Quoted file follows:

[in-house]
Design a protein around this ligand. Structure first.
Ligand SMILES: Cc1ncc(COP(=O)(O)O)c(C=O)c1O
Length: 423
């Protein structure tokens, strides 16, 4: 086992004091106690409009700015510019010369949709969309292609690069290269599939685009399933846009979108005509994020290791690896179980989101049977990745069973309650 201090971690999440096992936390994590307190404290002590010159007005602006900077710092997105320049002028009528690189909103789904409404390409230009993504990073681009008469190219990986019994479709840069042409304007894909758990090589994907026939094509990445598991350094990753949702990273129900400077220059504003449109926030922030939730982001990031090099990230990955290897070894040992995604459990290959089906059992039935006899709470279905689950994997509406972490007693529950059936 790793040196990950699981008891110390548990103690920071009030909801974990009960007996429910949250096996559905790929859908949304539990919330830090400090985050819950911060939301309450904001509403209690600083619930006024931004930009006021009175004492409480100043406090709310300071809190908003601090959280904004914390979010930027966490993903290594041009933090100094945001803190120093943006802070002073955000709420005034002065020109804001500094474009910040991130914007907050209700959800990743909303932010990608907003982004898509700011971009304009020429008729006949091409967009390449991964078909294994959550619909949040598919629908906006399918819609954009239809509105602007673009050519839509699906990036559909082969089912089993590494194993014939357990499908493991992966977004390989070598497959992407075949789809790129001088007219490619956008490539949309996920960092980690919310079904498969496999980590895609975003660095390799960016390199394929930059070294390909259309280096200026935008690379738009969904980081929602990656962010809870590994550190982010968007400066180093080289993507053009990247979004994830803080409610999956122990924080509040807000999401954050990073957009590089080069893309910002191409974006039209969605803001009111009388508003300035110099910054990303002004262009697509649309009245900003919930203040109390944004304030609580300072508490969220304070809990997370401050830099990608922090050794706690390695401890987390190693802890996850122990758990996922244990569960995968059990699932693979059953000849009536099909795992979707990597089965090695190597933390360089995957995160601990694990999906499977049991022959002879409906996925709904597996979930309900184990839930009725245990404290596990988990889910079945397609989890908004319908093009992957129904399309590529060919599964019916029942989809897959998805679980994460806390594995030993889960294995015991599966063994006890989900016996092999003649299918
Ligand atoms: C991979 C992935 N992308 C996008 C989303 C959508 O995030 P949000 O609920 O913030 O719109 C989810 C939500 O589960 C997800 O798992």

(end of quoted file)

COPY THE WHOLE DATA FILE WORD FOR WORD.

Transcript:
[in-house]
Design a protein around this ligand. Structure first.
Ligand SMILES: Cc1ncc(COP(=O)(O)O)c(C=O)c1O
Length: 423
């Protein structure tokens, strides 16, 4: 086992004091106690409009700015510019010369949709969309292609690069290269599939685009399933846009979108005509994020290791690896179980989101049977990745069973309650 201090971690999440096992936390994590307190404290002590010159007005602006900077710092997105320049002028009528690189909103789904409404390409230009993504990073681009008469190219990986019994479709840069042409304007894909758990090589994907026939094509990445598991350094990753949702990273129900400077220059504003449109926030922030939730982001990031090099990230990955290897070894040992995604459990290959089906059992039935006899709470279905689950994997509406972490007693529950059936 790793040196990950699981008891110390548990103690920071009030909801974990009960007996429910949250096996559905790929859908949304539990919330830090400090985050819950911060939301309450904001509403209690600083619930006024931004930009006021009175004492409480100043406090709310300071809190908003601090959280904004914390979010930027966490993903290594041009933090100094945001803190120093943006802070002073955000709420005034002065020109804001500094474009910040991130914007907050209700959800990743909303932010990608907003982004898509700011971009304009020429008729006949091409967009390449991964078909294994959550619909949040598919629908906006399918819609954009239809509105602007673009050519839509699906990036559909082969089912089993590494194993014939357990499908493991992966977004390989070598497959992407075949789809790129001088007219490619956008490539949309996920960092980690919310079904498969496999980590895609975003660095390799960016390199394929930059070294390909259309280096200026935008690379738009969904980081929602990656962010809870590994550190982010968007400066180093080289993507053009990247979004994830803080409610999956122990924080509040807000999401954050990073957009590089080069893309910002191409974006039209969605803001009111009388508003300035110099910054990303002004262009697509649309009245900003919930203040109390944004304030609580300072508490969220304070809990997370401050830099990608922090050794706690390695401890987390190693802890996850122990758990996922244990569960995968059990699932693979059953000849009536099909795992979707990597089965090695190597933390360089995957995160601990694990999906499977049991022959002879409906996925709904597996979930309900184990839930009725245990404290596990988990889910079945397609989890908004319908093009992957129904399309590529060919599964019916029942989809897959998805679980994460806390594995030993889960294995015991599966063994006890989900016996092999003649299918
Ligand atoms: C991979 C992935 N992308 C996008 C989303 C959508 O995030 P949000 O609920 O913030 O719109 C989810 C939500 O589960 C997800 O798992």